The time to have these agreements made is when people are on good terms. If you wait and the couple isn’t on good terms, lawyers get involved, and that can get pricey and could take years.
Do You Need One If You Are Married?
Under British Columbian law, cohabitation agreements hold the same power as marriage agreements (in fact, they are the exact same thing, except named differently).
These agreements apply to anyone in a married couple, a common law relationship, or who are living together. They can even include clauses that say that they remain valid if the status of the relationships transition from cohabitation to common law to marriage.
What Do You Need to Include in a Cohabitation Agreement?
Here is a list of things that can be included in a cohabitation agreement:
- How family property, like real estate, possessions, and pensions, will be divided
- How debt will be divided
The agreement can also determine who gets what if the relationship were to end. This includes:
- who owns what
- how much money each person puts in to run the household
- how credit cards are dealt with
- whether someone will receive spousal support upon an eventual breakup
- how any disagreements will be solved
What Is Not Included?
In BC, certain things cannot be included in a cohabitation agreement.
- Laying out how people must act within the relationship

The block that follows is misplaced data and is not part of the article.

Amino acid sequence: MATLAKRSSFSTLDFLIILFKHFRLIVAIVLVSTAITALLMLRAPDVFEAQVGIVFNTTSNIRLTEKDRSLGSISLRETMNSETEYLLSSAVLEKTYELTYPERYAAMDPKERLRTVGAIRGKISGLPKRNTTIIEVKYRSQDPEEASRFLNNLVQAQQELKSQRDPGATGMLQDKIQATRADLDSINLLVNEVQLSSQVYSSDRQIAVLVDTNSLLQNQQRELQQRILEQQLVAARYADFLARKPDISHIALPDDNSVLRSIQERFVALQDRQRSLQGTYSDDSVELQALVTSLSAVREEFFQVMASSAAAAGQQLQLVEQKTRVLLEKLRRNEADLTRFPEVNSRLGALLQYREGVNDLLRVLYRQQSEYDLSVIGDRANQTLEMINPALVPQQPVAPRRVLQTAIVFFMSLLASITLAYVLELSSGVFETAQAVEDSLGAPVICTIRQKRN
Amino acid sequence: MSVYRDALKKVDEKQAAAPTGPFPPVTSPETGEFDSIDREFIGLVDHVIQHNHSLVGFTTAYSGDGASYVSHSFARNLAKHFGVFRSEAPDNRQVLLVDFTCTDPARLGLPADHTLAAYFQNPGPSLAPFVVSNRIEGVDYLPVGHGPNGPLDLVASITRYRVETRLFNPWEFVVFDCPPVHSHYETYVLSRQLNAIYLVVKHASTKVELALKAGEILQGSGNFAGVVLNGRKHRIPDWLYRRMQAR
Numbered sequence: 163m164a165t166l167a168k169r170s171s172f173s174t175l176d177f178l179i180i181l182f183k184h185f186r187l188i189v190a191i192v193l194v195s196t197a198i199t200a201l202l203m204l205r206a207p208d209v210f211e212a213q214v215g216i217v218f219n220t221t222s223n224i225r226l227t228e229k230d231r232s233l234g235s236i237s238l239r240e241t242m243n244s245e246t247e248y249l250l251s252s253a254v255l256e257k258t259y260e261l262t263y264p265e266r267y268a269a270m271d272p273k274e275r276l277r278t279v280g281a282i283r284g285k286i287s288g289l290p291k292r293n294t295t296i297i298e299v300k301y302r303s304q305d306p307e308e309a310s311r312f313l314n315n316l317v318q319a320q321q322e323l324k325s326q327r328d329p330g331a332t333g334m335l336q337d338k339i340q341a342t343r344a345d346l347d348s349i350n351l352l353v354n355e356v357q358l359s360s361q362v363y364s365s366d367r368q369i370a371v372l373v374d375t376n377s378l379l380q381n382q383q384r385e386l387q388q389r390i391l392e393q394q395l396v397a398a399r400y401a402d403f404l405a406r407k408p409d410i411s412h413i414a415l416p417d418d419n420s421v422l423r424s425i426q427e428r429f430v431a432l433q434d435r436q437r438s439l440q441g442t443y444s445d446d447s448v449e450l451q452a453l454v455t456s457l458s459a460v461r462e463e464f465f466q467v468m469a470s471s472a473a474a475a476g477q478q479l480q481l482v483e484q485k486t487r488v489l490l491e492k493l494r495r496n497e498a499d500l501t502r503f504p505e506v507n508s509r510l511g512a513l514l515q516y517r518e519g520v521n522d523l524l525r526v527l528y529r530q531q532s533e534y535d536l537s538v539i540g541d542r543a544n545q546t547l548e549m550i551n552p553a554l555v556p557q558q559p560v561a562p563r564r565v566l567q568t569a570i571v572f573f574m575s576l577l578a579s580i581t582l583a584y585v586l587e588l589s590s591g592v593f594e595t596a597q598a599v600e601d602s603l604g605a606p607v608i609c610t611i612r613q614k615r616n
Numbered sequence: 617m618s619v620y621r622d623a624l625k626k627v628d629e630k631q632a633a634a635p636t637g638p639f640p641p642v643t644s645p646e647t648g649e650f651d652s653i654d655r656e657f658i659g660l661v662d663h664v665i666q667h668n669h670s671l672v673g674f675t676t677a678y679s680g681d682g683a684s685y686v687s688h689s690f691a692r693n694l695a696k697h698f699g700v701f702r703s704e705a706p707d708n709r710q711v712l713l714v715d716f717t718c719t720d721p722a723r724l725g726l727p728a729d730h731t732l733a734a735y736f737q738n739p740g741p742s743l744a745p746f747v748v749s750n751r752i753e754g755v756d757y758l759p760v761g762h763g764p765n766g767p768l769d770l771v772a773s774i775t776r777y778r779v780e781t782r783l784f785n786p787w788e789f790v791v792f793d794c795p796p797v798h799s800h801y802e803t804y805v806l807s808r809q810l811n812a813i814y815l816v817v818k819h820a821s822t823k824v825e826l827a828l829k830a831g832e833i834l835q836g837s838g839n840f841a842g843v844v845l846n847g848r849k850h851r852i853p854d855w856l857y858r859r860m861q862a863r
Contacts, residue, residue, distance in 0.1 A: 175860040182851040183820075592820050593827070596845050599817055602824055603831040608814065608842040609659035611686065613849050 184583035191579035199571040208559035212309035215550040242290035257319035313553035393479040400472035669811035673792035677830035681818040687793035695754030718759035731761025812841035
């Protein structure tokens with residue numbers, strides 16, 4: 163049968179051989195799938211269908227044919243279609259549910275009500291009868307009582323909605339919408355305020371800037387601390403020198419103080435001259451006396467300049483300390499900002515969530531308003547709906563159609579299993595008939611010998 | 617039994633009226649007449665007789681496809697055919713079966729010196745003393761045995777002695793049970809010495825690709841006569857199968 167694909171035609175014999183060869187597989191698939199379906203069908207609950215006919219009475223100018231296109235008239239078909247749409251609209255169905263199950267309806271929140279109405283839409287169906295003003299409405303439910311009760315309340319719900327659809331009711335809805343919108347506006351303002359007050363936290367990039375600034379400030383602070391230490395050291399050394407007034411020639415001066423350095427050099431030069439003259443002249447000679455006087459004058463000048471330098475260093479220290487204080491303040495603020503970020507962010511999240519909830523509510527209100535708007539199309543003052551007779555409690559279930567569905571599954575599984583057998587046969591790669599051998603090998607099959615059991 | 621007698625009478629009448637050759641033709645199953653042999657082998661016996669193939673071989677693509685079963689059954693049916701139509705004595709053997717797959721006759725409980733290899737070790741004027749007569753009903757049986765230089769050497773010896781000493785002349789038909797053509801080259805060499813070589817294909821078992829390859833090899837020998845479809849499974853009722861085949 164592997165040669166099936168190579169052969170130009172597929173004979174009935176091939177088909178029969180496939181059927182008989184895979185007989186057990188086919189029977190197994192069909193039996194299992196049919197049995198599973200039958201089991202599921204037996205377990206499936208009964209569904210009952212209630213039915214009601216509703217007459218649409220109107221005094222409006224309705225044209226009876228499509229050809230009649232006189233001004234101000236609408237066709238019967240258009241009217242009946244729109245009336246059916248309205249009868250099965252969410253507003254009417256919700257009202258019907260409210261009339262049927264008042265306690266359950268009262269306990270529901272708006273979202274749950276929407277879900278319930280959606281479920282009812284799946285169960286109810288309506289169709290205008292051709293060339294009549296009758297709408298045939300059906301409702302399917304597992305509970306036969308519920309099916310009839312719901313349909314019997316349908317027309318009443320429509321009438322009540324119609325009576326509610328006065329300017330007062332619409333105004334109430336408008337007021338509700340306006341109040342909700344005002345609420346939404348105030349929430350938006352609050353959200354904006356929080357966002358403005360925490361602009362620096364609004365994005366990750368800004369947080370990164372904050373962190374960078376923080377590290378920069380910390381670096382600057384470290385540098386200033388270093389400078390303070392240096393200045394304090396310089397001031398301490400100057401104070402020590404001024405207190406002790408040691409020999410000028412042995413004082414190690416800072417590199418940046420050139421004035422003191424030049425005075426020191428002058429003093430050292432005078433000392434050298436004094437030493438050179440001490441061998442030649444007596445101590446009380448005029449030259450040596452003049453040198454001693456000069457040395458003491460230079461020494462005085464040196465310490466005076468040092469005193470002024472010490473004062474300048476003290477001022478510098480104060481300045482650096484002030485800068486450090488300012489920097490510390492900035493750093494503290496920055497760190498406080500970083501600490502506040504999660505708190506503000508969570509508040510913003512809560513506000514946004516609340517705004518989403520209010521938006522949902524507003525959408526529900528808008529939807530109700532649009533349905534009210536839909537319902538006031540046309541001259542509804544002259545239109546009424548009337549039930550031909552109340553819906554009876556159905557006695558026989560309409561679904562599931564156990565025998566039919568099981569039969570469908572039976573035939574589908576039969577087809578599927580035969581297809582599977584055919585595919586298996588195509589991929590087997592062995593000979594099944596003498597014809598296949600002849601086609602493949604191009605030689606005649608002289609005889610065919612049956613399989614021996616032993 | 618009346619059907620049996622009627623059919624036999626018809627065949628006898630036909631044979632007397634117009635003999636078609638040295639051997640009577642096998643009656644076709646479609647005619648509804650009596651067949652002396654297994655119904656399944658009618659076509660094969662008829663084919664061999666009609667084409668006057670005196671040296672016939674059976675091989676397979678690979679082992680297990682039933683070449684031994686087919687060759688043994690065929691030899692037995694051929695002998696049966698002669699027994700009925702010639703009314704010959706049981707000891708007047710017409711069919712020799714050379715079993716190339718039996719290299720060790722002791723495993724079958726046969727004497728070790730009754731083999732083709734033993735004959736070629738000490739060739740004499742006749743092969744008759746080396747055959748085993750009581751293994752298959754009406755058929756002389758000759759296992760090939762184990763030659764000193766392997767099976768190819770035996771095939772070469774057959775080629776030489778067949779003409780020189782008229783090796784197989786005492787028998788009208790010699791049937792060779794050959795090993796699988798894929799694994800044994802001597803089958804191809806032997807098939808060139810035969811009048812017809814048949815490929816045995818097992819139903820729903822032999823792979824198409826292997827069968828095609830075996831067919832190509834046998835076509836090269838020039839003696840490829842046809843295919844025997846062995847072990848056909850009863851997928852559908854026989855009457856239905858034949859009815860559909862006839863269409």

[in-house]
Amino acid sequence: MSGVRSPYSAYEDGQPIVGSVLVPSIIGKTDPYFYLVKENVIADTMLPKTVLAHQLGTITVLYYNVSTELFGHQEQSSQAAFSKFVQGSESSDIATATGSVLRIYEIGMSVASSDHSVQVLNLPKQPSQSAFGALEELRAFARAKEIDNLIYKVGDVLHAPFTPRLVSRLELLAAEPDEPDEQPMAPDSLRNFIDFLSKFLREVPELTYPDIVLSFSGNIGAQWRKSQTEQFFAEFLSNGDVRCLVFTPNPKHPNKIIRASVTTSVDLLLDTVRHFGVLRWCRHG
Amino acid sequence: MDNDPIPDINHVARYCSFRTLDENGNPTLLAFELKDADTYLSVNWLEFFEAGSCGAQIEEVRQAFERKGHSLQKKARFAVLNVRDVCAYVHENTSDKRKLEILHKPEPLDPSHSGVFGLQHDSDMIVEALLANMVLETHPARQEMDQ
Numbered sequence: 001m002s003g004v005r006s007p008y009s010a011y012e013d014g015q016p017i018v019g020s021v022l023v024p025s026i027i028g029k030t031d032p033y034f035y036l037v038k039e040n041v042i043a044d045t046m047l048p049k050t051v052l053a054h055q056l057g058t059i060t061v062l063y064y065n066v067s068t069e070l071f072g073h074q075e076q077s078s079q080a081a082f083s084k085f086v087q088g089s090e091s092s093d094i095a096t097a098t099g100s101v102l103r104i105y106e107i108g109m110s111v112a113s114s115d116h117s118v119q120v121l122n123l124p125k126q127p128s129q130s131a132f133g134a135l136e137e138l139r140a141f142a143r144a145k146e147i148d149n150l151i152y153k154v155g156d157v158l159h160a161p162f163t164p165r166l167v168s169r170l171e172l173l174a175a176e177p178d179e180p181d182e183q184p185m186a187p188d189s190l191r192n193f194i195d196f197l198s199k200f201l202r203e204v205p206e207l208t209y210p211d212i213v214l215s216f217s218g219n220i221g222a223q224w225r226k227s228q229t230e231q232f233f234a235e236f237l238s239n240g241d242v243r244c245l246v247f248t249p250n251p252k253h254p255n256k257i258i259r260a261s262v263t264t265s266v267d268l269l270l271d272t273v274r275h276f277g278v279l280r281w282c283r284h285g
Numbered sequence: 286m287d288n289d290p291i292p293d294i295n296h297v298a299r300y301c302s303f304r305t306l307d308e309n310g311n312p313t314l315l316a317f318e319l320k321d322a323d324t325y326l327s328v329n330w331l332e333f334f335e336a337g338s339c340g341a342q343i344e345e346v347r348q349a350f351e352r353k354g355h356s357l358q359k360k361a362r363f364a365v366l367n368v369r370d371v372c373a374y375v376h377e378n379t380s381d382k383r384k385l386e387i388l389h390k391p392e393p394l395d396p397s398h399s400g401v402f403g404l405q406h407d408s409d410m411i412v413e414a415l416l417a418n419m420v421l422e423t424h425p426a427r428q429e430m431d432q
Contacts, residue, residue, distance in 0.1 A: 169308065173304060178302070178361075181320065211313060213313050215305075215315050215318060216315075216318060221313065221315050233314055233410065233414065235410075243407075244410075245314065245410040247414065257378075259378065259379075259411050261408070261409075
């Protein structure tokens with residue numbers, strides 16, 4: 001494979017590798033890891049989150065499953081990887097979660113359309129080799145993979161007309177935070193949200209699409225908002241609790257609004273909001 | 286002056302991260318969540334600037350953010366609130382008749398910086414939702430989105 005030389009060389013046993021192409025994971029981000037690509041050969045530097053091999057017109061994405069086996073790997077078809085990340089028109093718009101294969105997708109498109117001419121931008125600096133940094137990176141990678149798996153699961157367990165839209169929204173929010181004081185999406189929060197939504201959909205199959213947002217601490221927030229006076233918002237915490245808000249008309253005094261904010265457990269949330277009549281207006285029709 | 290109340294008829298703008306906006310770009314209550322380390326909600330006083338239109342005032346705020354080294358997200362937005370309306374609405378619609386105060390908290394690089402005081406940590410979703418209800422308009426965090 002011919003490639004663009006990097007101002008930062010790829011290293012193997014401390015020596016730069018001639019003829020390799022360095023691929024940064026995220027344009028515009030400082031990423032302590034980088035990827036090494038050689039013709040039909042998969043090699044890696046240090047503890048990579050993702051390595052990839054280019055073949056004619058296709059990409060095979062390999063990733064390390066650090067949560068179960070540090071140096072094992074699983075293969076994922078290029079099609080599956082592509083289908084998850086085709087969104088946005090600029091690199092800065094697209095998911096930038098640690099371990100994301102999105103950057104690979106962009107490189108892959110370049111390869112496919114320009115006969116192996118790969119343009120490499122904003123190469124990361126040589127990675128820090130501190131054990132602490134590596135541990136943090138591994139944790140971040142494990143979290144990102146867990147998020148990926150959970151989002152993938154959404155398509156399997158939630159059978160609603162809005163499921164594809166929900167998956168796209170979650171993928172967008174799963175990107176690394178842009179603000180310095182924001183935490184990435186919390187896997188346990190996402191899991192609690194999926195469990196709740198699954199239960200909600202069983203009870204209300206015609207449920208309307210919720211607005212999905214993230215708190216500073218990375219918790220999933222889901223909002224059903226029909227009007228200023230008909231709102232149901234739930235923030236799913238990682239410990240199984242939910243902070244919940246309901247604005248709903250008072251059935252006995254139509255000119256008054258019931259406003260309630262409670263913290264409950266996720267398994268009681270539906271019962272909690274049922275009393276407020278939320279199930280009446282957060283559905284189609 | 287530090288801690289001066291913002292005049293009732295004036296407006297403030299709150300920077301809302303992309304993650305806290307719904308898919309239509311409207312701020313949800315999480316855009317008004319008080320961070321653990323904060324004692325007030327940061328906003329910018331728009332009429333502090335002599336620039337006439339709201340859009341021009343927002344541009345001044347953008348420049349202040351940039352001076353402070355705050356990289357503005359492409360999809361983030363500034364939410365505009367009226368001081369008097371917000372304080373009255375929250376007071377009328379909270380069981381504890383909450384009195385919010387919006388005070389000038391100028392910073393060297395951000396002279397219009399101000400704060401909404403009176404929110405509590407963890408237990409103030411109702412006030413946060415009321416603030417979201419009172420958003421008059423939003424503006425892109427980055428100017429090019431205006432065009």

- Stating parenting responsibilities for children who have not been born.
- Laying out future child support for any unborn children.
Do You Need to Update Cohabitation Agreements?
Cohabitation agreements should be seen as a living document. They need to be reviewed at regular intervals to keep them current and make sure they still do what they are meant to.
We recommend that people update their cohabitation agreement every five years, or whenever a significant event, such as a marriage or the birth of a child, occurs. Additionally, if one of the members of the agreement were to suddenly receive a large sum of money or a property in an inheritance, for instance, the agreement should also be reviewed.
If you would like to make sure that this update occurs at a regular interval, you can include a review clause in the document itself. This clause would be triggered after an event (such as the ones mentioned above) or could state that the agreement needs to be reviewed every couple of years to remain valid.
Whatever you choose to do, the main point is that it’s important to look at the agreement regularly to make sure it continues to work for both parties and to make sure that it hasn’t become significantly unfair.
How Do You Get a Cohabitation Agreement?
There is a growing trend of people who choose to try to save money by using resources online to create their own cohabitation agreements.
While an online template gives the appearance of saving time and money, this is just not true.
There are plenty of precedents of people who have entrusted their property and debt to these online templates, only to find out that they hold no legal value, causing their assets to be divided according to the Family Law Act.
If you want your cohabitation agreement to stand up in court, you need a family lawyer who can tailor it to fit your specific needs. Both parties should also consult independent legal counsel to make sure the agreement is fair and gives adequate coverage to their own interests.
If you have any more questions about Cohabitation or Marriage Agreements, let me know and I’ll put you in touch with a family law lawyer who can assist.
A big thanks to Lawrence Klass for this great information!